When two tribes go to war... Intel, AMD tease new chips at Computex: Your spin-free summary
2nd-gen Epyc, 3rd-gen Ryzen 7 and 9 processors, Navi GPUs, Intel 10nm CPUs, etc
AMD and Intel both teased details of their upcoming processors on Sunday at Computex, the computer industry's annual jamboree in Taiwan.
Here's a quick summary of what went down between the CPU-GPU rivals.
AMD's second-generation Zen-based 7nm Epyc data center processor, codenamed Rome, is, we're told, launching Q3 2019. There are, it is claimed, twice as many platforms in the works using Rome as those using the first-generation 14nm Naples, demonstrating that the server industry was mostly waiting for Epyc's second-generation to arrive before throwing its weight behind it.
The chip designer also touted RDNA, its all-new architecture for its forthcoming PCIe 4.0 7nm Radeon GPUs. RDNA will, according to AMD CEO Lisa Su, power the forthcoming Radeon Navi GPU family. This technology will appear alongside an AMD Zen 2.0 CPU in the next Sony PlayStation, and in upcoming Radeon RX 5000 graphics cards: we're told the RDNA-Navi-based RX 5700 series will go on sale from July. More details are promised on June 10 at the E3 gaming expo. GCN will live on in some way, in case you're wondering.
The 5000 was picked because it's AMD's 50th anniversary, by the way.
AMD announced RDNA, a brand new GPU architecture for gaming. GCN will still be used for some other stuff. Higher IPC, new multi-level cache hierarchy, new design pipeline. Reports 1.25x IPC, 1.5 performance/clk. Will be branded as RX 5000 family. pic.twitter.com/MR66sBdA5W— David Schor (@david_schor) May 27, 2019
Onto the Zen 2.0 third-generation 7nm Ryzen 7 processors. The first will be the $329 Ryzen 3700X, an eight-core, 16-thread 3.6GHz base, 4.4GHz max, component, with 36MB total cache and 65W TDP. Or there's the beefier $399 3800X, again eight cores, 16 threads, but clocked at 3.9GHz base, 4.5GHz max, again 36MB total cache, and a higher TDP of 105W. The 3800X was shown at Computex with up to 40 lanes of PCIe 4.0.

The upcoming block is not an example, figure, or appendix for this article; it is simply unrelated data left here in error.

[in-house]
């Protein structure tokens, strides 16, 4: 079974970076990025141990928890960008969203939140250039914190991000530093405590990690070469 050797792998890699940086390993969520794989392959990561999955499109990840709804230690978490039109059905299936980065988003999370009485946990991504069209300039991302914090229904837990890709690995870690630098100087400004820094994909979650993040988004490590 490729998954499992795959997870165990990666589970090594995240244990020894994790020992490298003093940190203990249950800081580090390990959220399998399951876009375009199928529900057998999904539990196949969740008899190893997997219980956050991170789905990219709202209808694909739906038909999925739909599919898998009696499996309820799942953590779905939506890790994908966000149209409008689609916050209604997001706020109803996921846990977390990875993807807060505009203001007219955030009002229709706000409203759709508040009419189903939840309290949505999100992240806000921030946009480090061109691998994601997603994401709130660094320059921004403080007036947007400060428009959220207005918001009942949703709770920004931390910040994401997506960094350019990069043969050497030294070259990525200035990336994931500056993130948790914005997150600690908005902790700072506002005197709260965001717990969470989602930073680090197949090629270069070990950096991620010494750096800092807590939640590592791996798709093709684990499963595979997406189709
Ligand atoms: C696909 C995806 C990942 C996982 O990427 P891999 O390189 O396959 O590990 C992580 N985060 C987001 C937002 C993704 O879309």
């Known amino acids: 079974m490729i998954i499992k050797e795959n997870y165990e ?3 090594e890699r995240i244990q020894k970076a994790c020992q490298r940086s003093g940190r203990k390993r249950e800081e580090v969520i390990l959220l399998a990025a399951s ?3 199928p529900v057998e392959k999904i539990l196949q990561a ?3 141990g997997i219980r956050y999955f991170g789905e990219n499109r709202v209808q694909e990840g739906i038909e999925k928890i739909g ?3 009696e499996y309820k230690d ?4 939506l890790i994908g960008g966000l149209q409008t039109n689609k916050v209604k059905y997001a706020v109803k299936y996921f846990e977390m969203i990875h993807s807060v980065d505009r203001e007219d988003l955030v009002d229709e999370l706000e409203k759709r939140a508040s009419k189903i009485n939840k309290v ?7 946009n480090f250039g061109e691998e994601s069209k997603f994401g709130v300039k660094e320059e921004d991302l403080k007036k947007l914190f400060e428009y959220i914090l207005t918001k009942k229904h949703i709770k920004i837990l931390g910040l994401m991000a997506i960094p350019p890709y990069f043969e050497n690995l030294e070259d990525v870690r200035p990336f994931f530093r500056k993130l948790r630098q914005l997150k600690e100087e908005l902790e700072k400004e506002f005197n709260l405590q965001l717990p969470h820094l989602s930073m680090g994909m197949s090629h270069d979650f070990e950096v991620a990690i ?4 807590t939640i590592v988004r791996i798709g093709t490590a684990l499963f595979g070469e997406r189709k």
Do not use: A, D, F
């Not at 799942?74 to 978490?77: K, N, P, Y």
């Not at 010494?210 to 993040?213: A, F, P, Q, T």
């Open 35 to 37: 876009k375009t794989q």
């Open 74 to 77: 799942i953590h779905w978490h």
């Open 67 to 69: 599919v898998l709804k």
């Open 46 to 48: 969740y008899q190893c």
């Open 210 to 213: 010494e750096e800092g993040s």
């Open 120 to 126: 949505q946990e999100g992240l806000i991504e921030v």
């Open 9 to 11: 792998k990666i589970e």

Su also told us to expect more than eight cores: the Ryzen 9 family will kick off with the Zen 2.0 7nm Ryzen 9 3900X, a 12-core, 24-thread, 3.8GHz base, 4.6GHz max, part with 70MB total cache, and 105W TDP. That's a lot less wattage than the equivalent Intel part, for what it's worth. The 3900X will set you back $499, again a lot less than Intel's rival components.
That summary, interestingly enough, lists a couple of Ryzen 5 processors not announced during Su's Computex keynote: the 3600X, a six-core, 12-thread, 3.8GHz base, 4.4GHz max, 35MB total cache, 95W TDP chip costing $249; and the 3600, a six-core, 12-thread, 3.6GHz base, 4.2GHz max, 35MB total cache, 65W TDP chip costing $199. Like all the other third-gen Ryzen parts, they have 40 lanes of PCIe 4.0 and are due to go on sale from July 7.
Also, AMD's 7nm chips are, to the best of our knowledge, manufactured by Taiwan's TSMC.
Intel's official Computex keynote is on Tuesday, May 28, but it couldn't help itself from trying to steal AMD's thunder on Sunday by revealing a few details about its upcoming chips.
Chipzilla claimed its forthcoming technology outperforms AMD's processors, though as knowledgeable netizens spotted in the fine-print of Intel's benchmarks, the Xeon maker was being a little unfair in its comparisons. Intel gave its own next-gen Core CPU faster RAM than an AMD Ryzen processor under test, giving the Intel component an edge in a head-to-head speed test.
Given Intel has a virtual monopoly in the x86 compute world, there's no need for it to fudge its benchmarks, unless it's that scared of AMD?
So, what did Intel tease today? There's an eight-core Special Edition Core i9-9900KS coming up that can run all cores simultaneously at 4GHz base and 5GHz in turbo mode. That's 400MHz and 300MHz higher than the i9-9900K, respectively.
Also, Intel's first proper 10nm laptop-aimed Ice Lake Core processors, using Sunny Cove cores, will start shipping next month, it was claimed. Computers using the processor family will be on sale by Christmas 2019, we're told. This would be the 10nm process node that was supposed to arrive in 2015 but has repeatedly run into serious fabrication problems and years-long delays.
For what it's worth, Intel reckons it will start shipping 7nm parts in 2020 and 2021.
Sunny Cove features Intel's 11th-generation graphics hardware, Wi-Fi 6 networking, Thunderbolt 3 interfaces, acceleration for neural-network math, and other bits and pieces. Intel also talked up its second-generation Xeon Scalable processors. ®
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